Tuesday, June 29, 2010

Father's Day and Taxation

Father's Day, 2010. My wife and daughter cooked up a delicious breakfast of buttermilk waffles. The key is: buttermilk. It makes everything better. Turns ordinary waffles into extraordinary waffles. Combine buttermilk with love and, well, you've got it made.

My wife is is out running chores, my daughter is out running, jogging, I took a brief bike ride, came home, and sat down to read Chapter Five, Choice and Happiness from The Paradox of Choice by Barry Schwartz. In it, he speaks about a psychology experiment which is pertinent to all tax practitioners. The chief experimenter, Martin Seligman, ran an experiment teaching a group of animals to jump over a hurdle to avoid an electric shock (which is similar to a tax audit, but less painful). One group of animals had previously learned a different way to avoid the shock, but that method would no longer work. Another group had never learned to avoid shocks. The result of the experiment was that the animals who had previously learned how to avoid shocks learned the new method more quickly than the group which had never learned any technique to avoid a shock.

So, Abe, what has this to do with tax practitioners? Easy. We are like those animals. We have learned tax law and we have learned tax planning approaches that serve our clients well. Congress continues to change the law but, because we have prior experience, we can more easily learn the new law than someone entirely new to the profession. Or, think of it this way, we are the experienced animals and our clients are the animals who have never learned any technique. That's why they continue to come to us for help.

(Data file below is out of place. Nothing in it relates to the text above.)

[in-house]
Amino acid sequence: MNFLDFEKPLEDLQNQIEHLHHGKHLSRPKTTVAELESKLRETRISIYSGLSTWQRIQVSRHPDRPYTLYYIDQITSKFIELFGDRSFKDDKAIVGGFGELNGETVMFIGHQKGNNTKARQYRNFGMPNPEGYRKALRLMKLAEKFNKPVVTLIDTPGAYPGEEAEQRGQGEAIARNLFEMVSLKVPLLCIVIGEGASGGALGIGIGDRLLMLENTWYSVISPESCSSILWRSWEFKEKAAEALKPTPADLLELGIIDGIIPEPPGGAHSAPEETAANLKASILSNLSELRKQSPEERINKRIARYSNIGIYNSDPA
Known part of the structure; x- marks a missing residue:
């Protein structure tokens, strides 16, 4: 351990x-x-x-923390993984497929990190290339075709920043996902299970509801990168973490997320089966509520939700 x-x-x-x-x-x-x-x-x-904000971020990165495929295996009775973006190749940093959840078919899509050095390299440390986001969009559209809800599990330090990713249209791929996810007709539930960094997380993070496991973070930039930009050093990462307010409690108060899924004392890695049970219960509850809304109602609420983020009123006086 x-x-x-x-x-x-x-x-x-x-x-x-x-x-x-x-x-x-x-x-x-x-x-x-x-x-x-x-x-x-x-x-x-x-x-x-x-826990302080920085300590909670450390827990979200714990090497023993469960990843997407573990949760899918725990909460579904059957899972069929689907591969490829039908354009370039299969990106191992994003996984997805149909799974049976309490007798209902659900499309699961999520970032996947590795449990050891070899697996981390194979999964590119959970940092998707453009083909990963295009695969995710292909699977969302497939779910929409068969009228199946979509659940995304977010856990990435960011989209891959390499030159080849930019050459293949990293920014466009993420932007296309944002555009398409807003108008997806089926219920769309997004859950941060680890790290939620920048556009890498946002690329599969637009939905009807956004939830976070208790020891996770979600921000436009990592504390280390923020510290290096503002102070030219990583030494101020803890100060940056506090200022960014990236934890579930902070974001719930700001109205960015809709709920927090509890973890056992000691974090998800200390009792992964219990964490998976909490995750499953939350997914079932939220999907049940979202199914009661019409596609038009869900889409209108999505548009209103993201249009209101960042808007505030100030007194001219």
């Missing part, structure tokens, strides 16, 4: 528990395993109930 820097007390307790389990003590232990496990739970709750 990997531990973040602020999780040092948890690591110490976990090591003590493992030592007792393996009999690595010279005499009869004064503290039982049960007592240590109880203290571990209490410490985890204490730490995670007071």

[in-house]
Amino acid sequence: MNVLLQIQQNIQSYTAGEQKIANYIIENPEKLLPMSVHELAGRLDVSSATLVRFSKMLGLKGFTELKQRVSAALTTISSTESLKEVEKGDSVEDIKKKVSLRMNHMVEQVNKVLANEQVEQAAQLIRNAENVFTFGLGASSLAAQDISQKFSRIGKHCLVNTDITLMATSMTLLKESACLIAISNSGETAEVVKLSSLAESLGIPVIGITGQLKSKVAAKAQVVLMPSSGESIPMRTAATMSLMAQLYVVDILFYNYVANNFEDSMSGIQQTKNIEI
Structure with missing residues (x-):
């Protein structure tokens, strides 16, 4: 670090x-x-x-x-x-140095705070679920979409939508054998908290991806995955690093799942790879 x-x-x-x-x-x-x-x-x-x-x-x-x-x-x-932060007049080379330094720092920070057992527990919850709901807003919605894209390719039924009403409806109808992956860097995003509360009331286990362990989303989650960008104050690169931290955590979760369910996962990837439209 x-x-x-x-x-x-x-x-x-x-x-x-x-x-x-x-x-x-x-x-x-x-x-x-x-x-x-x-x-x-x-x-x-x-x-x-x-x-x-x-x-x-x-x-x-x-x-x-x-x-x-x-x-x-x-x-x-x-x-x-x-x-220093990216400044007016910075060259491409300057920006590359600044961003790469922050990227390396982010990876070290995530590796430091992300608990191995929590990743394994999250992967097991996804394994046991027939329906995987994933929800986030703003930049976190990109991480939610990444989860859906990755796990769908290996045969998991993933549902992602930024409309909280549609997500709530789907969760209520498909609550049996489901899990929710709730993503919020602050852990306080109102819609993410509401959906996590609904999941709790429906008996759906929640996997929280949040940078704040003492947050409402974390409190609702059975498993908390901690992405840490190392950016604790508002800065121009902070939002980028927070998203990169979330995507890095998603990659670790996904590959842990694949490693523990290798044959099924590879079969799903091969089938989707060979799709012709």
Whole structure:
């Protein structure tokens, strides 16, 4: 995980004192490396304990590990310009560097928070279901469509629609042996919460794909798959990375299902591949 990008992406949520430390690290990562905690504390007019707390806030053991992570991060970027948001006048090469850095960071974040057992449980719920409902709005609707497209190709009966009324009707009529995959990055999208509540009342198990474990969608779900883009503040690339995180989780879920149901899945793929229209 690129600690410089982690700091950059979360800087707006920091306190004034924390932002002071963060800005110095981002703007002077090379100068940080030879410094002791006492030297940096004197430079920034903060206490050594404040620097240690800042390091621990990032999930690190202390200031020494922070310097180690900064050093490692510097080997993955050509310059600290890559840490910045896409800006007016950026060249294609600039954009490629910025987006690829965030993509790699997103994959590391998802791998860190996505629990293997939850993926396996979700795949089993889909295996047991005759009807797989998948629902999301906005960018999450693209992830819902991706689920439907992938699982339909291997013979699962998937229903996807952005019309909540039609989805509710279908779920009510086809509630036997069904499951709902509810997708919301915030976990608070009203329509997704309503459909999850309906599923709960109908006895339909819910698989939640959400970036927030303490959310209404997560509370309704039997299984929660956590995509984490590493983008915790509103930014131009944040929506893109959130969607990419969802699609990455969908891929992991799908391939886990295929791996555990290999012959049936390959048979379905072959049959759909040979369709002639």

The law continues to change. The end is not in sight. What we used to know no longer applies. But we have learned how to learn. We have learned how Congress thinks, or doesn't think. We have learned about dealing with the IRS. Maybe it is true, maybe there is nothing new under the sun. Maybe what Congress passes is just a variation of what came before. But even if they come up with something entirely novel, we can adapt more easily because of what we have learned previously.

This is why continuing professional education is so important. In Los Angeles, where I live, the victory of the Lakers is being celebrated. And they won because, well, because they are good and they stay in shape. They have new competitors, but they stay in practice. And continuing education keeps us in practice, keeps us in shape.

When, on my bicycle ride, I went by cars with Laker flags waving, I picture all of us, as experienced tax practitioners, with our winning pennant in the race. The route may change, but the footwork basics always apply.

Your thoughts?


Abe Carnow

1 comment:

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